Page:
JAMA study: More young people are being diagnosed with colon cancer
CINCINNATI (WKRC) - A new report has some alarming numbers when it comes to colon cancer.
The new report also has health care providers really concerned.
It's a common cancer that has been on the decline in overall numbers, but the new study released in the Journal of the American Medical Association (JAMA) on Tuesday says it's the “who” that is getting this cancer that still has many really concerned.
Colon cancer is now one of the top cancers diagnosed each year, but now researchers says they are seeing a trend that more young people, more than ever before, are being diagnosed with it.
What's more is that they are not surviving,
Specialists at the Cleveland Clinic say when researchers looked at colon cancer over the past several decades and compared age groups, and different races, they found more people need to get colonoscopies, which detect pre-cancerous lesions.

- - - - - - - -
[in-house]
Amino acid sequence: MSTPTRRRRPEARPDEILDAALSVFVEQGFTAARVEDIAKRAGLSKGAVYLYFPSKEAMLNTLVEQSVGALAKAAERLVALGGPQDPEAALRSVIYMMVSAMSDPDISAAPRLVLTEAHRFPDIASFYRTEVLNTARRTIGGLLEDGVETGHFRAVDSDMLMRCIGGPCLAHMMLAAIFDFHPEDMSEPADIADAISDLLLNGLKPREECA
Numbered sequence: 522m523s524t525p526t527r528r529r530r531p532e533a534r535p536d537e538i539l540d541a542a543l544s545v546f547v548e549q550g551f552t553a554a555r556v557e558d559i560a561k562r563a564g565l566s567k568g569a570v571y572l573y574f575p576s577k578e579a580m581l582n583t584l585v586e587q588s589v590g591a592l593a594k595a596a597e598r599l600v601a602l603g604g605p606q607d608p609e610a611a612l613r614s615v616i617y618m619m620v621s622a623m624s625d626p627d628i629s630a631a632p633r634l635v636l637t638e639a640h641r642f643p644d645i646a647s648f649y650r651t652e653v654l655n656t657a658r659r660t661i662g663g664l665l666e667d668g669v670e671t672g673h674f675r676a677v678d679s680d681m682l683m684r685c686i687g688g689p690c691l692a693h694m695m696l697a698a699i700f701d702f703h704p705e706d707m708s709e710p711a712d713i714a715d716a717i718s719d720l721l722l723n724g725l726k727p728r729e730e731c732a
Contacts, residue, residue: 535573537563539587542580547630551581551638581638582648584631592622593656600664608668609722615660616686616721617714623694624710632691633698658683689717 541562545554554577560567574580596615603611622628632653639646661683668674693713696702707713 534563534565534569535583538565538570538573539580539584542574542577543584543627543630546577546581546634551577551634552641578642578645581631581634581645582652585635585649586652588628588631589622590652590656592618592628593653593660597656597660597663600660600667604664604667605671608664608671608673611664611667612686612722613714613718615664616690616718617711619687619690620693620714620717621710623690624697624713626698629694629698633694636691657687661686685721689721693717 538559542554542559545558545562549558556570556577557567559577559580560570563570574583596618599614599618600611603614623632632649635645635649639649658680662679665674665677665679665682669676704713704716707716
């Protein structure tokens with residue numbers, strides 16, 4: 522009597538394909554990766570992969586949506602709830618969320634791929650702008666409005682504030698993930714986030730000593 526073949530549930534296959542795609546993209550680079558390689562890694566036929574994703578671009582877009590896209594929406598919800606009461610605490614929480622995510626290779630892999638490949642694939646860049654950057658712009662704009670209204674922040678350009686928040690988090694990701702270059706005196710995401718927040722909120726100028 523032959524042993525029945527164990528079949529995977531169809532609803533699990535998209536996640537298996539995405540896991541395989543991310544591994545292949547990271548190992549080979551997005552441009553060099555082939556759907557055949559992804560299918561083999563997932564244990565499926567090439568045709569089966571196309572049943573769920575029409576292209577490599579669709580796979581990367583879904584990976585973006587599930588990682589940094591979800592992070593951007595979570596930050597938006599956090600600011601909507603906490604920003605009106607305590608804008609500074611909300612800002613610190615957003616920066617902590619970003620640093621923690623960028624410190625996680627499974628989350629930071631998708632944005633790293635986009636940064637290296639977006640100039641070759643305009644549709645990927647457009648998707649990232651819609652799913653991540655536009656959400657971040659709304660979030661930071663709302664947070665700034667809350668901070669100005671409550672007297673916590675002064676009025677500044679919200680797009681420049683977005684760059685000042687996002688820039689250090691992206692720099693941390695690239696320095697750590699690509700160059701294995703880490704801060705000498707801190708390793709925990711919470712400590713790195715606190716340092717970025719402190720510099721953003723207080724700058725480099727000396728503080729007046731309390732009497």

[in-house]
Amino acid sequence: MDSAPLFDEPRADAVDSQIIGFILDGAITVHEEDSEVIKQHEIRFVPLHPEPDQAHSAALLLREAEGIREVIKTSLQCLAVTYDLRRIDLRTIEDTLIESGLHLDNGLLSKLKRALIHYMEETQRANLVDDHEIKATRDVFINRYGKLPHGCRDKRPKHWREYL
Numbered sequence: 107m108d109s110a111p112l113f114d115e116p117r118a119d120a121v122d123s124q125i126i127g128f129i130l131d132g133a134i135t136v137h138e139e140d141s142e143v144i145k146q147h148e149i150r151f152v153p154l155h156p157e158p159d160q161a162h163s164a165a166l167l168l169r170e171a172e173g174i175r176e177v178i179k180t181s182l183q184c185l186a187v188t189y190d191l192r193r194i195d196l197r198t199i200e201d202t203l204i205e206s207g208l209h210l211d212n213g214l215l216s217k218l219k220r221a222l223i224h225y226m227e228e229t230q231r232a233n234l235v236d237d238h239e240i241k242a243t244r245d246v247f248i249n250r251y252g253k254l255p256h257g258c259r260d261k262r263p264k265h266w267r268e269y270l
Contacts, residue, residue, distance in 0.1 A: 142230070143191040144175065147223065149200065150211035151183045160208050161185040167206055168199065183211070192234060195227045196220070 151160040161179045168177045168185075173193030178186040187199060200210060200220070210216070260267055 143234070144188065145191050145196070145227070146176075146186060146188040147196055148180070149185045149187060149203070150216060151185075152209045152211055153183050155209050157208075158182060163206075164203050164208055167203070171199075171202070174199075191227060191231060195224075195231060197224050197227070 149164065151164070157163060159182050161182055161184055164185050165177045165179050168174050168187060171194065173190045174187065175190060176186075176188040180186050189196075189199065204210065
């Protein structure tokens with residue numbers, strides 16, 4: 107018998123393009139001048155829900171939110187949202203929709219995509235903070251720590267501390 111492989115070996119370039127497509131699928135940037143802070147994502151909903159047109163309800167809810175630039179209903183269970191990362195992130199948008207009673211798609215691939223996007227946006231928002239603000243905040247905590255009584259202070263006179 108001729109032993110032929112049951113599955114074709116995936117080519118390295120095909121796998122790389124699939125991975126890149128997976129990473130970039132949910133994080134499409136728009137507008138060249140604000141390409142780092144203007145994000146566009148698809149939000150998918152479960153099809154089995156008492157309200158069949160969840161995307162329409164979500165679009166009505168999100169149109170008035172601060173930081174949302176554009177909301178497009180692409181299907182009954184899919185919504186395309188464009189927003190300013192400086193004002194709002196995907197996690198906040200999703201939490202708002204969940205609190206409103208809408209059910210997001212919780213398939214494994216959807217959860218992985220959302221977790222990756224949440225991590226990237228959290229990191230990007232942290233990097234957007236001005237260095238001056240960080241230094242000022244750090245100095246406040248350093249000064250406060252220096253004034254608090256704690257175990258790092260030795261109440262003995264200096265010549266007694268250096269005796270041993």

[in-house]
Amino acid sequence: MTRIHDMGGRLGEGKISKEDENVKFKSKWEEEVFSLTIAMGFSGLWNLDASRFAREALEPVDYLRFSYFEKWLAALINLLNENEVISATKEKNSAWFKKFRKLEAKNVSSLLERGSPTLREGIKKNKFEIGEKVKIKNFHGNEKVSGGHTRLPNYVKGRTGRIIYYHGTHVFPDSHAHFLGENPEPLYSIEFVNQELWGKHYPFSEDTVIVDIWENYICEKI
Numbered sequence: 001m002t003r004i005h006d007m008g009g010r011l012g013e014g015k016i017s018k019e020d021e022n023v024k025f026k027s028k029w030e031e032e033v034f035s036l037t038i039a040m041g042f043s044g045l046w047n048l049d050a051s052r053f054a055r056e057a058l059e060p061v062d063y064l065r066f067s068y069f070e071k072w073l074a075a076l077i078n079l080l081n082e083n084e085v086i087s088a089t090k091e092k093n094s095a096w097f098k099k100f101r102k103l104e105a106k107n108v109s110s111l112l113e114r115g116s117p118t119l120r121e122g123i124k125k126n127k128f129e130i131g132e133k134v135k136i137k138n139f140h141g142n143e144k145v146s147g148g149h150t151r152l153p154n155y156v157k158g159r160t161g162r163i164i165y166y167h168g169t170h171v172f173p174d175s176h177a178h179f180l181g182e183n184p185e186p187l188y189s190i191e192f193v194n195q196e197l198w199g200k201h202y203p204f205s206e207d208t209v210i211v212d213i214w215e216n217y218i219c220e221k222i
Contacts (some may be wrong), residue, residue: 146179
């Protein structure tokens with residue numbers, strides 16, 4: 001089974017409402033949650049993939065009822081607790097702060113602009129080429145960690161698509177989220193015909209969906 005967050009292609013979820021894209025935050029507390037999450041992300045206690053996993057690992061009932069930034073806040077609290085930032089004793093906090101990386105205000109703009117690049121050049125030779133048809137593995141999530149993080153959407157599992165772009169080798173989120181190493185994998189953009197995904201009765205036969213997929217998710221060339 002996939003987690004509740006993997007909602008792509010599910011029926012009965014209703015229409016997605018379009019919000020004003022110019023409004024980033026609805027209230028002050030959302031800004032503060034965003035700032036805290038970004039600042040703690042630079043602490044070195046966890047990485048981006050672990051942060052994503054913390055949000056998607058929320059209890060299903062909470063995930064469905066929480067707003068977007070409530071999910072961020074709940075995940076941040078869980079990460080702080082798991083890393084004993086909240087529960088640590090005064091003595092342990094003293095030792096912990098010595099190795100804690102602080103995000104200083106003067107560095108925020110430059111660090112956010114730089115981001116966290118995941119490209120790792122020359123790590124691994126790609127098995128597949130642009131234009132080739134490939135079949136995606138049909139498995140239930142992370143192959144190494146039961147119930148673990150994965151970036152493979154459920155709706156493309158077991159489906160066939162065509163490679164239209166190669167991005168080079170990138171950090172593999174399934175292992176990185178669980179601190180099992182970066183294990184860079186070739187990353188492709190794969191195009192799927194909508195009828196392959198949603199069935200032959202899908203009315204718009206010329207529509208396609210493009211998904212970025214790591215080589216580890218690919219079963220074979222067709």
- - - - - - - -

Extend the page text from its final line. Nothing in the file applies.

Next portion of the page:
Researchers found the increase in death rates from colon cancer was in those who were young, and white, but not in other ethnic populations.
While generally screening starts at age 50, this raises the question researchers say as to whether people should start to screen earlier in those at risk.
People already do that in some populations, such as those with a family history of this disease.
Abdominal pain, or changes in bowel habits some of the common symptoms.
Researchers say the danger is that younger people often don't think that these might be something that needs to be checked out further.